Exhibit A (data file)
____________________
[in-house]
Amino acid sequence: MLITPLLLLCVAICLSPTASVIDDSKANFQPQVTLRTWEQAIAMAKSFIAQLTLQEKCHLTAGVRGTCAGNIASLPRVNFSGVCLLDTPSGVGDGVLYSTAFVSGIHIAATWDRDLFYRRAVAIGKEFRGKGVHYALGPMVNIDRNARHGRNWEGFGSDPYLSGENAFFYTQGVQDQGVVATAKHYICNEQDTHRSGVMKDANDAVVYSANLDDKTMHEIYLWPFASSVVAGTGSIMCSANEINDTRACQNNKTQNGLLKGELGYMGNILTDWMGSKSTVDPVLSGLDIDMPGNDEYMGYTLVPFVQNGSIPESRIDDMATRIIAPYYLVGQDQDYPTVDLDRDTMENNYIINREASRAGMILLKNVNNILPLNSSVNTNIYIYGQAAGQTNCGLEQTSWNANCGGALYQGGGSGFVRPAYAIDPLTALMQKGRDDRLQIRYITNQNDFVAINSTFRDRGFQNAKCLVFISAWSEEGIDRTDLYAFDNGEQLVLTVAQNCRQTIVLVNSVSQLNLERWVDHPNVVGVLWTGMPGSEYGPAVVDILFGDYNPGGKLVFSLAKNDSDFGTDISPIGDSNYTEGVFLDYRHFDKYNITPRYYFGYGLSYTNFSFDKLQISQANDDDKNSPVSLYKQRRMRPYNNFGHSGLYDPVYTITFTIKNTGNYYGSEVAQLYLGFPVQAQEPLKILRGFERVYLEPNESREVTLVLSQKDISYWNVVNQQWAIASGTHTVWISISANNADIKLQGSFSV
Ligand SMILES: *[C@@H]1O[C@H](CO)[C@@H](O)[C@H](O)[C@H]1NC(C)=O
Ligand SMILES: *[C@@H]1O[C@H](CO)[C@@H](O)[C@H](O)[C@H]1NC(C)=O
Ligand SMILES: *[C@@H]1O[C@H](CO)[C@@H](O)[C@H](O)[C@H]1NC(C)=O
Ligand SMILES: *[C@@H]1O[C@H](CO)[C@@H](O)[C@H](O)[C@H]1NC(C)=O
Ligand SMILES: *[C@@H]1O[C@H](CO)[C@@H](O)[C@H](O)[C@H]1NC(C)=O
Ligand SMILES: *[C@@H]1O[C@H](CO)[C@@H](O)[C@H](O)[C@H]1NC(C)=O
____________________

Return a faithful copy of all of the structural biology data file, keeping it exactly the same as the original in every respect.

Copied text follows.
[in-house]
Amino acid sequence: MLITPLLLLCVAICLSPTASVIDDSKANFQPQVTLRTWEQAIAMAKSFIAQLTLQEKCHLTAGVRGTCAGNIASLPRVNFSGVCLLDTPSGVGDGVLYSTAFVSGIHIAATWDRDLFYRRAVAIGKEFRGKGVHYALGPMVNIDRNARHGRNWEGFGSDPYLSGENAFFYTQGVQDQGVVATAKHYICNEQDTHRSGVMKDANDAVVYSANLDDKTMHEIYLWPFASSVVAGTGSIMCSANEINDTRACQNNKTQNGLLKGELGYMGNILTDWMGSKSTVDPVLSGLDIDMPGNDEYMGYTLVPFVQNGSIPESRIDDMATRIIAPYYLVGQDQDYPTVDLDRDTMENNYIINREASRAGMILLKNVNNILPLNSSVNTNIYIYGQAAGQTNCGLEQTSWNANCGGALYQGGGSGFVRPAYAIDPLTALMQKGRDDRLQIRYITNQNDFVAINSTFRDRGFQNAKCLVFISAWSEEGIDRTDLYAFDNGEQLVLTVAQNCRQTIVLVNSVSQLNLERWVDHPNVVGVLWTGMPGSEYGPAVVDILFGDYNPGGKLVFSLAKNDSDFGTDISPIGDSNYTEGVFLDYRHFDKYNITPRYYFGYGLSYTNFSFDKLQISQANDDDKNSPVSLYKQRRMRPYNNFGHSGLYDPVYTITFTIKNTGNYYGSEVAQLYLGFPVQAQEPLKILRGFERVYLEPNESREVTLVLSQKDISYWNVVNQQWAIASGTHTVWISISANNADIKLQGSFSV
Ligand SMILES: *[C@@H]1O[C@H](CO)[C@@H](O)[C@H](O)[C@H]1NC(C)=O
Ligand SMILES: *[C@@H]1O[C@H](CO)[C@@H](O)[C@H](O)[C@H]1NC(C)=O
Ligand SMILES: *[C@@H]1O[C@H](CO)[C@@H](O)[C@H](O)[C@H]1NC(C)=O
Ligand SMILES: *[C@@H]1O[C@H](CO)[C@@H](O)[C@H](O)[C@H]1NC(C)=O
Ligand SMILES: *[C@@H]1O[C@H](CO)[C@@H](O)[C@H](O)[C@H]1NC(C)=O
Ligand SMILES: *[C@@H]1O[C@H](CO)[C@@H](O)[C@H](O)[C@H]1NC(C)=O